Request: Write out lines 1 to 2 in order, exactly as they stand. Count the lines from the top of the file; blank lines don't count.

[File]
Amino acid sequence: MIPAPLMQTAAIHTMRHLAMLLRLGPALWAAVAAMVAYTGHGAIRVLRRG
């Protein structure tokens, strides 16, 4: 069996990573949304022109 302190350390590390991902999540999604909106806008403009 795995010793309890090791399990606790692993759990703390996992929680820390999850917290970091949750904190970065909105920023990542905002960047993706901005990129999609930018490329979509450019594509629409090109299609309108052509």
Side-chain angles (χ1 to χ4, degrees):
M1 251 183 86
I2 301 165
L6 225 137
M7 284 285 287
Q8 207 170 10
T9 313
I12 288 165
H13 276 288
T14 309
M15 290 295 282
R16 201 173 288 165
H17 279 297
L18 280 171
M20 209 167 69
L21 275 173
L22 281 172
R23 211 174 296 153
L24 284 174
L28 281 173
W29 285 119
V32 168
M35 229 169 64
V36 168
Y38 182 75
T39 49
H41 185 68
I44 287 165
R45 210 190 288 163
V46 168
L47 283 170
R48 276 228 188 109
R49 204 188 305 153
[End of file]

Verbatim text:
Amino acid sequence: MIPAPLMQTAAIHTMRHLAMLLRLGPALWAAVAAMVAYTGHGAIRVLRRG
């Protein structure tokens, strides 16, 4: 069996990573949304022109 302190350390590390991902999540999604909106806008403009 795995010793309890090791399990606790692993759990703390996992929680820390999850917290970091949750904190970065909105920023990542905002960047993706901005990129999609930018490329979509450019594509629409090109299609309108052509």